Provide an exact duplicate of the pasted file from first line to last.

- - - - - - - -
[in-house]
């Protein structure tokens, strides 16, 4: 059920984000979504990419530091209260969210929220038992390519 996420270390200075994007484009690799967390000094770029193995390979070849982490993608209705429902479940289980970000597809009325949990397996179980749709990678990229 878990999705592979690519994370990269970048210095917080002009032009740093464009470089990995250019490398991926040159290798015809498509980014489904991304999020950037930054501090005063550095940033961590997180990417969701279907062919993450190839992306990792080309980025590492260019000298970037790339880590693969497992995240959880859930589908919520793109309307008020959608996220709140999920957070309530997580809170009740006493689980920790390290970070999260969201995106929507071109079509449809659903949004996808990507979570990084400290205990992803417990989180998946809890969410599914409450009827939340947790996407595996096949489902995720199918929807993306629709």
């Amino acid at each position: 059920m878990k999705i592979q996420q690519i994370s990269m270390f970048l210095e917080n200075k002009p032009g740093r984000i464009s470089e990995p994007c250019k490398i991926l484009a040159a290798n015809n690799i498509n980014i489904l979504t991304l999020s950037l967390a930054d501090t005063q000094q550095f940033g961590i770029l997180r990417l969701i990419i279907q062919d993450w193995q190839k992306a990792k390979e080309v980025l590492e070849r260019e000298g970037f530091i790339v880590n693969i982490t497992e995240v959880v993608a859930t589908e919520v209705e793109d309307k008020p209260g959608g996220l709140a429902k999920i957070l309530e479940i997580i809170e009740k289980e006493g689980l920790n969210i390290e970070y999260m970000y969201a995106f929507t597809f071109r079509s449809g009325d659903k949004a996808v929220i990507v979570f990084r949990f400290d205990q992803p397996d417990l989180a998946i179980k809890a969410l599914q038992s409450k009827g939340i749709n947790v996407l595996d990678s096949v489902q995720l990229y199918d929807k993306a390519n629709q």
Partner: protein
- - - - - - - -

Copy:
[in-house]
């Protein structure tokens, strides 16, 4: 059920984000979504990419530091209260969210929220038992390519 996420270390200075994007484009690799967390000094770029193995390979070849982490993608209705429902479940289980970000597809009325949990397996179980749709990678990229 878990999705592979690519994370990269970048210095917080002009032009740093464009470089990995250019490398991926040159290798015809498509980014489904991304999020950037930054501090005063550095940033961590997180990417969701279907062919993450190839992306990792080309980025590492260019000298970037790339880590693969497992995240959880859930589908919520793109309307008020959608996220709140999920957070309530997580809170009740006493689980920790390290970070999260969201995106929507071109079509449809659903949004996808990507979570990084400290205990992803417990989180998946809890969410599914409450009827939340947790996407595996096949489902995720199918929807993306629709």
């Amino acid at each position: 059920m878990k999705i592979q996420q690519i994370s990269m270390f970048l210095e917080n200075k002009p032009g740093r984000i464009s470089e990995p994007c250019k490398i991926l484009a040159a290798n015809n690799i498509n980014i489904l979504t991304l999020s950037l967390a930054d501090t005063q000094q550095f940033g961590i770029l997180r990417l969701i990419i279907q062919d993450w193995q190839k992306a990792k390979e080309v980025l590492e070849r260019e000298g970037f530091i790339v880590n693969i982490t497992e995240v959880v993608a859930t589908e919520v209705e793109d309307k008020p209260g959608g996220l709140a429902k999920i957070l309530e479940i997580i809170e009740k289980e006493g689980l920790n969210i390290e970070y999260m970000y969201a995106f929507t597809f071109r079509s449809g009325d659903k949004a996808v929220i990507v979570f990084r949990f400290d205990q992803p397996d417990l989180a998946i179980k809890a969410l599914q038992s409450k009827g939340i749709n947790v996407l595996d990678s096949v489902q995720l990229y199918d929807k993306a390519n629709q």
Partner: protein